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What kind of a Multicultural are you?
Lee Martin

Lee Martin

Columnist, Multicultural Workplaces at the Parent Voice, Magazine
Lee Martin is a researcher in the area of international management with research focusing on how multicultural individuals think and act in the workplace. Read more under 'Columnists".
Lee Martin

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Some people grow up in a monocultural household then become multicultural later in life. That is, they acquire multiple cultures sequentially – for instance, many migrants. The term for these people is achieved multiculturals.

Yet many people nowadays grow up in a culturally mixed household. That is, they acquire multiple cultures simultaneously – for instance, many children of migrants or people with parents of different cultural backgrounds. The term for these people is innate multiculturals.

What sort of patterns of cognition (thought) and identity are there among these two types of multiculturals?

In last month’s column, I wrote about how multiculturals can tend to compartmentalize or hybridize their cultures. How you become multicultural (i.e., whether you are an achieved or innate multicultural) relates to whether you are more likely to compartmentalize or hybridize your cultures as an adult.

Why?

Being brought up in a mixed cultural environment at home often does not mean simply receiving two or more sets of cultural inputs in isolation. Rather, one receives some mixed or hybrid form of culture, as cultures interact with each other and blend in the home setting. I call this experience early immersive culture mixing. This experience shapes the values, beliefs, and assumptions that you internalize. In other words, you are likely to be cognitively guided by a hybrid cultural frame in which elements of multiple cultures are intertwined. And you are likely to feel that your cultural identity is blended.

Compare this with someone who acquires one culture first, then one or more other cultures sequentially. Here, the first culture is formed in one’s mind and guides one’s sense of self (identity). After this, any subsequent culture one acquires is formed as a distinct entity. This means that you are likely to be cognitively guided by multiple, distinct sets of culture, and see your cultural identities as distinct from each other.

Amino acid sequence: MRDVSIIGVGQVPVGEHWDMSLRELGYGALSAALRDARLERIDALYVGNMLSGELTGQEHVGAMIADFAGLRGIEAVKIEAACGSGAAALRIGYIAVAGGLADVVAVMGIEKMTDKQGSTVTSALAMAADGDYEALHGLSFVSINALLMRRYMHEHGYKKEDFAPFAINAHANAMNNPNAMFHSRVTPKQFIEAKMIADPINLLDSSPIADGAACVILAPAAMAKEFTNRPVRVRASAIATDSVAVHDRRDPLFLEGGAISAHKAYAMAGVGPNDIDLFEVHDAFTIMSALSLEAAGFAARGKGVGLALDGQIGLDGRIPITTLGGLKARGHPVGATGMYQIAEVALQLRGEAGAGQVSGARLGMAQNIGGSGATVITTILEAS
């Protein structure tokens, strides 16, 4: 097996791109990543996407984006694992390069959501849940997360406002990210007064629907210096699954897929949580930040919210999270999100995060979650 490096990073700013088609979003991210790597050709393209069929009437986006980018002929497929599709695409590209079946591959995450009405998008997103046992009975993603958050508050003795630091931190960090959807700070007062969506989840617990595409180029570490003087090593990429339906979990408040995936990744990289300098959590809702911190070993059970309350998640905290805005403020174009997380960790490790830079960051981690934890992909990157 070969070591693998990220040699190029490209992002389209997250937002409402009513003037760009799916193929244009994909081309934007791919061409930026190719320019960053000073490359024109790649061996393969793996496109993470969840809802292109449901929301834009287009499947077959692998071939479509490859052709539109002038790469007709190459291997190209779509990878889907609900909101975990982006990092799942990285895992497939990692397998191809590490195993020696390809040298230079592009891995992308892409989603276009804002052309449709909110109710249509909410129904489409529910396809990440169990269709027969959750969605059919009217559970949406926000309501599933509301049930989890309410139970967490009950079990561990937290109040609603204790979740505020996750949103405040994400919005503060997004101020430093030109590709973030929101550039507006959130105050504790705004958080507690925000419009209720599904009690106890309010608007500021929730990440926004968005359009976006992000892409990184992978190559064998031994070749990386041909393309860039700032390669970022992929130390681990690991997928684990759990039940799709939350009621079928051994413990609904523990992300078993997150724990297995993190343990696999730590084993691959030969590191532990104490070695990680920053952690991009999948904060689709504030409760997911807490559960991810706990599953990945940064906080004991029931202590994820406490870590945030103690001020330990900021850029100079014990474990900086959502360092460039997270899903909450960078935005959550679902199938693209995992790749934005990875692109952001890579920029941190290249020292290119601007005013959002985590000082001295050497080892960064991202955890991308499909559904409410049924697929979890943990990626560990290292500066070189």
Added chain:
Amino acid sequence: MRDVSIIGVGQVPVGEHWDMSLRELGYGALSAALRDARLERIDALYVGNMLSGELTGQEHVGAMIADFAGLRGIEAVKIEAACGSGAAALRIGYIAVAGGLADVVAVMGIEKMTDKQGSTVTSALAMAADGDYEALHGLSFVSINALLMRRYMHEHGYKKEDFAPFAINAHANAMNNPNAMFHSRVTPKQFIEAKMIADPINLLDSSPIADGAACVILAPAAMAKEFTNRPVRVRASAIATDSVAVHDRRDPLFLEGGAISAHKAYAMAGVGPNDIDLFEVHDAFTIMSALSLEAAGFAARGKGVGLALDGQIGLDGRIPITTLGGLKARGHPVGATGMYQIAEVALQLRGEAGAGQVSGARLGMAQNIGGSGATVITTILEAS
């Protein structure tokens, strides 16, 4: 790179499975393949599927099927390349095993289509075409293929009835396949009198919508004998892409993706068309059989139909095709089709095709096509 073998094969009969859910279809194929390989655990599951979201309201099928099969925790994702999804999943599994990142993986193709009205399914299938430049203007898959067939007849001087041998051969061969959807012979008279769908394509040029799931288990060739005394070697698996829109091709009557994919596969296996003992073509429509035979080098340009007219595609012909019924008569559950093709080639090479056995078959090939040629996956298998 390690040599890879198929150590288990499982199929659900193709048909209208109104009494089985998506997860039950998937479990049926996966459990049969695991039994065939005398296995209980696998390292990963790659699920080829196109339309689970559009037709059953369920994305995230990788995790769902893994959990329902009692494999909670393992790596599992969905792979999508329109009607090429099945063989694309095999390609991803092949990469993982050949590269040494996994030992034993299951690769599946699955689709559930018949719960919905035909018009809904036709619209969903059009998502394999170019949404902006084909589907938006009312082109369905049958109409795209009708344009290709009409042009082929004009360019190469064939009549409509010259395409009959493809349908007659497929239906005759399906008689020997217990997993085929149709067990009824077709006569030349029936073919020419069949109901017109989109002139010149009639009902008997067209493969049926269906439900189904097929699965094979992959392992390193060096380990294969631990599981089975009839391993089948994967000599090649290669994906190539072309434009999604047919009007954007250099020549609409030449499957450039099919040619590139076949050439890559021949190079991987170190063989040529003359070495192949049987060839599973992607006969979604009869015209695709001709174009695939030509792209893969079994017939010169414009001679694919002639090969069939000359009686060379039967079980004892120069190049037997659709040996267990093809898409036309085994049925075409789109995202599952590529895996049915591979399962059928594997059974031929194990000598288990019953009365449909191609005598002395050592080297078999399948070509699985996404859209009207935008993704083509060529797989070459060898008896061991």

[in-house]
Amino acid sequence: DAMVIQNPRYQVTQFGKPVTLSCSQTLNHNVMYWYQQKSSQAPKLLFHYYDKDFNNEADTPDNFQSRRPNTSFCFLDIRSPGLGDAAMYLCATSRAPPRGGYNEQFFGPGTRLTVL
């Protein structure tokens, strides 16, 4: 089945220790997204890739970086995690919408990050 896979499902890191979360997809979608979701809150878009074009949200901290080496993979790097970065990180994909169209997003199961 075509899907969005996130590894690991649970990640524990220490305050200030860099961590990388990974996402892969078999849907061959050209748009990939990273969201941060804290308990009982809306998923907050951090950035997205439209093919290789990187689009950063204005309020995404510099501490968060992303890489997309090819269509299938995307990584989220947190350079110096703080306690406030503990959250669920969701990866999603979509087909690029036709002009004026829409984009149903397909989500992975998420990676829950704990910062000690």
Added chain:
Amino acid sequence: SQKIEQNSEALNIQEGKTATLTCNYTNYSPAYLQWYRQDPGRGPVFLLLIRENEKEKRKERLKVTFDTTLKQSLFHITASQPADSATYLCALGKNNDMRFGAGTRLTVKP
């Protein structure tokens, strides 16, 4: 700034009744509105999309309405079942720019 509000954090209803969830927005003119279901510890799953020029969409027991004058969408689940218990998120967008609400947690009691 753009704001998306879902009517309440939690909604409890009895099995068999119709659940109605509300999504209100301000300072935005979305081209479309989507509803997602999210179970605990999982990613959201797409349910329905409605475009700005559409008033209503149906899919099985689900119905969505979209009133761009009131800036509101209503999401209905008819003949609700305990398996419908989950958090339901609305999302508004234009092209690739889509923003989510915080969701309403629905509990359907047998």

In an experimental study of Chinese-Australian multiculturals published in the Journal of Cross-Cultural Psychology, I found evidence that achieved multiculturals in my study were more likely to compartmentalize their cultural cognitions and cultural identities. Study participants who were achieved multiculturals tended to think in a more Chinese way in a Chinese environment, but think in a more Australian way in an Australian environment. This is a phenomenon known as cultural frame-switching and indicates the presence of multiple, distinct cultures within a person.

By contrast, innate multiculturals were more likely to hybridize their cultural cognitions and cultural identities.

Study participants who were innate multiculturals tended to think in a culturally hybrid way (i.e., in between the typical Chinese response and the typical Australian response) no matter what cultural environment they were in. This lack of frame-switching indicates the presence of a single, hybrid culture within a person.

Related Posts

You may like to reflect on your own situation. Are you (or a member of your family) an achieved multicultural or innate multicultural?

Do you think and act in a different way depending on which cultural situation you are in? Click To Tweet

Do you think and act in a different way depending on which cultural situation you are in (e.g., who you are talking to, which language you are using, which country you are in)? Or do you think and act consistently across different cultural situations?

Do you see your cultural identities as distinguishable, and separate? Or do you see yourself as having a hybrid cultural identity? Click To Tweet

Do you see your cultural identities as distinguishable, and separate? Or do you see yourself as having a hybrid cultural identity?

Importantly, how does this pattern make a difference in your everyday life? For instance, has it led you to develop certain skills, outlook or other resources that you can draw on in your work and family life? How does it affect how you relate to others? These are some questions I am exploring in my research on multiculturals in organizations.

It is clear that how you become multicultural matters for how you think and identify as an adult, and it has potential work-relevant implications, such as leadership style. 

Understanding differences among multicultural individuals are the first step to unlocking the benefits of multicultural employees.

As always, I would love to hear about your experiences or reflections. I welcome you to leave a comment below or write to me at lee@ theparentvoice.com.


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Lee Martin is a researcher in the area of international management with research focusing on how multicultural individuals think and act in the workplace. Read more under ‘Columnists”.

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